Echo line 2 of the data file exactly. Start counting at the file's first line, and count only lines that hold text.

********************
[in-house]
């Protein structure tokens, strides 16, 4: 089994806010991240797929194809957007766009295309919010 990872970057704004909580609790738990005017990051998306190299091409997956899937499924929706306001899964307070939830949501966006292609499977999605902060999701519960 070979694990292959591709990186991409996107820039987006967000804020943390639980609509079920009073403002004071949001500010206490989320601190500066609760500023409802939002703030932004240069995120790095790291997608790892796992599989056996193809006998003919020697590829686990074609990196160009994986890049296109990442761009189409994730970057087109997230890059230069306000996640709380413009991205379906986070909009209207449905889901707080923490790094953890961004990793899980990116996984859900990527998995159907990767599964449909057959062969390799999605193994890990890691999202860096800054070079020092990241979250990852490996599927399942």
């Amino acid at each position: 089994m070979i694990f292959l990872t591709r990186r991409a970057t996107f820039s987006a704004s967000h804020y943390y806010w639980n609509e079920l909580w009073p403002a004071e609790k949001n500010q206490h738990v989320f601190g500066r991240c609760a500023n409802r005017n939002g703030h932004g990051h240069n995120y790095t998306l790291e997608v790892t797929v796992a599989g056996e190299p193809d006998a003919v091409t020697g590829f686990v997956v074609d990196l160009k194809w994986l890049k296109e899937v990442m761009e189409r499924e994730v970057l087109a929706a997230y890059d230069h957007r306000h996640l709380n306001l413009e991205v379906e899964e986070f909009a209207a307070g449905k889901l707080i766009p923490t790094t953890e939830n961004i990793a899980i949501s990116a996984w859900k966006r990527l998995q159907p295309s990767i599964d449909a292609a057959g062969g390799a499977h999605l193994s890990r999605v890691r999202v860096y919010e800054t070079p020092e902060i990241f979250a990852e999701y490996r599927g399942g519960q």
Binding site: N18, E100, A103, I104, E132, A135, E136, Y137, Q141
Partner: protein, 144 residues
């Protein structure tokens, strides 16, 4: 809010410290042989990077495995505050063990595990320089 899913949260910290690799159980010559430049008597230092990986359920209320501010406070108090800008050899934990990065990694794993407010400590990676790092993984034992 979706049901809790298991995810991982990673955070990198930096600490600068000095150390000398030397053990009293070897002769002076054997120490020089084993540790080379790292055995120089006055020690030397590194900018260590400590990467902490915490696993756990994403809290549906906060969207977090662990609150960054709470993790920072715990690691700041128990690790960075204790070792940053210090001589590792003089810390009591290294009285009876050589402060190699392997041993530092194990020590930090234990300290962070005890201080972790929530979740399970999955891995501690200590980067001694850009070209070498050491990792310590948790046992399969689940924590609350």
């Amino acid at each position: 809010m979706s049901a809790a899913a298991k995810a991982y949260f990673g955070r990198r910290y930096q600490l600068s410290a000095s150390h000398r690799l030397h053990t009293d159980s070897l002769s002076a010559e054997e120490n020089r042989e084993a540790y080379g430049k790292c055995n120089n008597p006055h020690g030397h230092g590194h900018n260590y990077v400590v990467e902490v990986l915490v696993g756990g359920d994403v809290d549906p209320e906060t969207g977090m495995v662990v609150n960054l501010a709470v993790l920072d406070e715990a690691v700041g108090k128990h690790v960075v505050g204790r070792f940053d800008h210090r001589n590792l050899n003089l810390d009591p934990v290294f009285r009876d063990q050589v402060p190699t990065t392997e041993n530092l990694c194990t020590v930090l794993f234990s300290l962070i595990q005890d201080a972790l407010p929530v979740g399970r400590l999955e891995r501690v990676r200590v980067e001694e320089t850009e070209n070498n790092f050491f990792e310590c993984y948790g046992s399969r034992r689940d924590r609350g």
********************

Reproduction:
């Protein structure tokens, strides 16, 4: 089994806010991240797929194809957007766009295309919010 990872970057704004909580609790738990005017990051998306190299091409997956899937499924929706306001899964307070939830949501966006292609499977999605902060999701519960 070979694990292959591709990186991409996107820039987006967000804020943390639980609509079920009073403002004071949001500010206490989320601190500066609760500023409802939002703030932004240069995120790095790291997608790892796992599989056996193809006998003919020697590829686990074609990196160009994986890049296109990442761009189409994730970057087109997230890059230069306000996640709380413009991205379906986070909009209207449905889901707080923490790094953890961004990793899980990116996984859900990527998995159907990767599964449909057959062969390799999605193994890990890691999202860096800054070079020092990241979250990852490996599927399942």